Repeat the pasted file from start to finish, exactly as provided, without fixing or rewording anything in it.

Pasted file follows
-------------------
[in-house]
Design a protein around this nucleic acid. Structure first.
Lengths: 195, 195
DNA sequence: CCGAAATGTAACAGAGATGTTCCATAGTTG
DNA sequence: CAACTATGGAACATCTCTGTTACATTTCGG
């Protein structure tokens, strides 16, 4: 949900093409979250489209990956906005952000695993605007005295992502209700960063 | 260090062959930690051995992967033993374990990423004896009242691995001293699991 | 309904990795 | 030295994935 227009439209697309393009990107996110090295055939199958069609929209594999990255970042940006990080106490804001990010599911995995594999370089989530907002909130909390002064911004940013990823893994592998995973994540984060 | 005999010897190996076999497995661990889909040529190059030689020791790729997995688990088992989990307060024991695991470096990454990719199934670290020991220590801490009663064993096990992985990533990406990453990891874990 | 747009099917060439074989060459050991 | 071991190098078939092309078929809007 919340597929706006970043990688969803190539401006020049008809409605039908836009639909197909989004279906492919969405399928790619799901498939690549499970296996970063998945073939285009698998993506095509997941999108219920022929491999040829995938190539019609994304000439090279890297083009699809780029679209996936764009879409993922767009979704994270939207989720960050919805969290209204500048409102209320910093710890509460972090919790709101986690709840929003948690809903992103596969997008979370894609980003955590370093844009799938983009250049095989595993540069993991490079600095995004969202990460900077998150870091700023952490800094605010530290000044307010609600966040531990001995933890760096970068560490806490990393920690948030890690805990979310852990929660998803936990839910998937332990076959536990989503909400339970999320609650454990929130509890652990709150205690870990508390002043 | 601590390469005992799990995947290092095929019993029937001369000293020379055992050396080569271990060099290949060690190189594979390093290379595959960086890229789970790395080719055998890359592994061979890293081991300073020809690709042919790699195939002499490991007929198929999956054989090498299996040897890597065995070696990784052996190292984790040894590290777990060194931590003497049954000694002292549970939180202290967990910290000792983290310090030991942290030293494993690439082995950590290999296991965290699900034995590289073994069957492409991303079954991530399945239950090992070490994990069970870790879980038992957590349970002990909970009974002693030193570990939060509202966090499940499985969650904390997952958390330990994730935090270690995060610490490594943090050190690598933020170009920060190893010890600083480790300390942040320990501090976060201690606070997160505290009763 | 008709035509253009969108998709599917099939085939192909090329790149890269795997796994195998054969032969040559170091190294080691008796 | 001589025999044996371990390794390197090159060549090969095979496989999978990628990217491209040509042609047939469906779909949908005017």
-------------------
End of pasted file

[in-house]
Design a protein around this nucleic acid. Structure first.
Lengths: 195, 195
DNA sequence: CCGAAATGTAACAGAGATGTTCCATAGTTG
DNA sequence: CAACTATGGAACATCTCTGTTACATTTCGG
């Protein structure tokens, strides 16, 4: 949900093409979250489209990956906005952000695993605007005295992502209700960063 | 260090062959930690051995992967033993374990990423004896009242691995001293699991 | 309904990795 | 030295994935 227009439209697309393009990107996110090295055939199958069609929209594999990255970042940006990080106490804001990010599911995995594999370089989530907002909130909390002064911004940013990823893994592998995973994540984060 | 005999010897190996076999497995661990889909040529190059030689020791790729997995688990088992989990307060024991695991470096990454990719199934670290020991220590801490009663064993096990992985990533990406990453990891874990 | 747009099917060439074989060459050991 | 071991190098078939092309078929809007 919340597929706006970043990688969803190539401006020049008809409605039908836009639909197909989004279906492919969405399928790619799901498939690549499970296996970063998945073939285009698998993506095509997941999108219920022929491999040829995938190539019609994304000439090279890297083009699809780029679209996936764009879409993922767009979704994270939207989720960050919805969290209204500048409102209320910093710890509460972090919790709101986690709840929003948690809903992103596969997008979370894609980003955590370093844009799938983009250049095989595993540069993991490079600095995004969202990460900077998150870091700023952490800094605010530290000044307010609600966040531990001995933890760096970068560490806490990393920690948030890690805990979310852990929660998803936990839910998937332990076959536990989503909400339970999320609650454990929130509890652990709150205690870990508390002043 | 601590390469005992799990995947290092095929019993029937001369000293020379055992050396080569271990060099290949060690190189594979390093290379595959960086890229789970790395080719055998890359592994061979890293081991300073020809690709042919790699195939002499490991007929198929999956054989090498299996040897890597065995070696990784052996190292984790040894590290777990060194931590003497049954000694002292549970939180202290967990910290000792983290310090030991942290030293494993690439082995950590290999296991965290699900034995590289073994069957492409991303079954991530399945239950090992070490994990069970870790879980038992957590349970002990909970009974002693030193570990939060509202966090499940499985969650904390997952958390330990994730935090270690995060610490490594943090050190690598933020170009920060190893010890600083480790300390942040320990501090976060201690606070997160505290009763 | 008709035509253009969108998709599917099939085939192909090329790149890269795997796994195998054969032969040559170091190294080691008796 | 001589025999044996371990390794390197090159060549090969095979496989999978990628990217491209040509042609047939469906779909949908005017």